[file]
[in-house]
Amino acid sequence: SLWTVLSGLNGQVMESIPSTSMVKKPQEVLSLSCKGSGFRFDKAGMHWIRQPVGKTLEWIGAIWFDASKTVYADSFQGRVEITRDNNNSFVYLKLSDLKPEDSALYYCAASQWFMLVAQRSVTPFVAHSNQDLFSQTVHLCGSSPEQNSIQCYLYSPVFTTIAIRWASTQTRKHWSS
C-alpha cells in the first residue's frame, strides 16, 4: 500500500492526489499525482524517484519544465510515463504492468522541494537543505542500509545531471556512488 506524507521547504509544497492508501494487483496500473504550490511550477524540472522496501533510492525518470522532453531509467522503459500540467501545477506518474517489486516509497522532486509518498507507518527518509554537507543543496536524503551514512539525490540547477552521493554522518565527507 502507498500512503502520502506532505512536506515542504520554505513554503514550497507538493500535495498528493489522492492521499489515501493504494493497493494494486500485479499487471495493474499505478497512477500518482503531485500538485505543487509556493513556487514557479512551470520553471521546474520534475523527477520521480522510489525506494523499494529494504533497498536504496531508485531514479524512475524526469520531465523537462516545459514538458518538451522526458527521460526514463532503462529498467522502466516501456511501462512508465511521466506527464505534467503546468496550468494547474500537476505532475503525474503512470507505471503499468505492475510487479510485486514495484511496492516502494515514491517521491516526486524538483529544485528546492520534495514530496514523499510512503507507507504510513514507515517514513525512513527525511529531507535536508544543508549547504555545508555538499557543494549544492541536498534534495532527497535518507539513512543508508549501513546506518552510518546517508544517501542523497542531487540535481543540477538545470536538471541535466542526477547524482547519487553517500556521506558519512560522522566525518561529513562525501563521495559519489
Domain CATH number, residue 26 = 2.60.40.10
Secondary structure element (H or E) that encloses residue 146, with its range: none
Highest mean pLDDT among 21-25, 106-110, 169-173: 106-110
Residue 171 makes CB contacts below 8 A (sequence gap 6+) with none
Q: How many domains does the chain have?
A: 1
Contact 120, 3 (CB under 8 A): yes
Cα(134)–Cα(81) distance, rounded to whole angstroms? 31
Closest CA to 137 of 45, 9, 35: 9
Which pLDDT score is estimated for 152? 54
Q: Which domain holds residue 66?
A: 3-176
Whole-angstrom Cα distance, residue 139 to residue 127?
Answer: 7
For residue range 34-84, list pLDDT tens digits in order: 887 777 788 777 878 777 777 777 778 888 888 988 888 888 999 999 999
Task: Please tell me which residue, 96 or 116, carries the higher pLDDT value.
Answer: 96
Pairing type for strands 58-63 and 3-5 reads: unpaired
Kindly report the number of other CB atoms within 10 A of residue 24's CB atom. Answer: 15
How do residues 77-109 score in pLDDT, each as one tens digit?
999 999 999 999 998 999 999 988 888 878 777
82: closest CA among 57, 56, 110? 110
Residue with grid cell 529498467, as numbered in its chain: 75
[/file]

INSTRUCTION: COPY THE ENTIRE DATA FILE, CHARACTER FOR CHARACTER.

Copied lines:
[in-house]
Amino acid sequence: SLWTVLSGLNGQVMESIPSTSMVKKPQEVLSLSCKGSGFRFDKAGMHWIRQPVGKTLEWIGAIWFDASKTVYADSFQGRVEITRDNNNSFVYLKLSDLKPEDSALYYCAASQWFMLVAQRSVTPFVAHSNQDLFSQTVHLCGSSPEQNSIQCYLYSPVFTTIAIRWASTQTRKHWSS
C-alpha cells in the first residue's frame, strides 16, 4: 500500500492526489499525482524517484519544465510515463504492468522541494537543505542500509545531471556512488 506524507521547504509544497492508501494487483496500473504550490511550477524540472522496501533510492525518470522532453531509467522503459500540467501545477506518474517489486516509497522532486509518498507507518527518509554537507543543496536524503551514512539525490540547477552521493554522518565527507 502507498500512503502520502506532505512536506515542504520554505513554503514550497507538493500535495498528493489522492492521499489515501493504494493497493494494486500485479499487471495493474499505478497512477500518482503531485500538485505543487509556493513556487514557479512551470520553471521546474520534475523527477520521480522510489525506494523499494529494504533497498536504496531508485531514479524512475524526469520531465523537462516545459514538458518538451522526458527521460526514463532503462529498467522502466516501456511501462512508465511521466506527464505534467503546468496550468494547474500537476505532475503525474503512470507505471503499468505492475510487479510485486514495484511496492516502494515514491517521491516526486524538483529544485528546492520534495514530496514523499510512503507507507504510513514507515517514513525512513527525511529531507535536508544543508549547504555545508555538499557543494549544492541536498534534495532527497535518507539513512543508508549501513546506518552510518546517508544517501542523497542531487540535481543540477538545470536538471541535466542526477547524482547519487553517500556521506558519512560522522566525518561529513562525501563521495559519489
Domain CATH number, residue 26 = 2.60.40.10
Secondary structure element (H or E) that encloses residue 146, with its range: none
Highest mean pLDDT among 21-25, 106-110, 169-173: 106-110
Residue 171 makes CB contacts below 8 A (sequence gap 6+) with none
Q: How many domains does the chain have?
A: 1
Contact 120, 3 (CB under 8 A): yes
Cα(134)–Cα(81) distance, rounded to whole angstroms? 31
Closest CA to 137 of 45, 9, 35: 9
Which pLDDT score is estimated for 152? 54
Q: Which domain holds residue 66?
A: 3-176
Whole-angstrom Cα distance, residue 139 to residue 127?
Answer: 7
For residue range 34-84, list pLDDT tens digits in order: 887 777 788 777 878 777 777 777 778 888 888 988 888 888 999 999 999
Task: Please tell me which residue, 96 or 116, carries the higher pLDDT value.
Answer: 96
Pairing type for strands 58-63 and 3-5 reads: unpaired
Kindly report the number of other CB atoms within 10 A of residue 24's CB atom. Answer: 15
How do residues 77-109 score in pLDDT, each as one tens digit?
999 999 999 999 998 999 999 988 888 878 777
82: closest CA among 57, 56, 110? 110
Residue with grid cell 529498467, as numbered in its chain: 75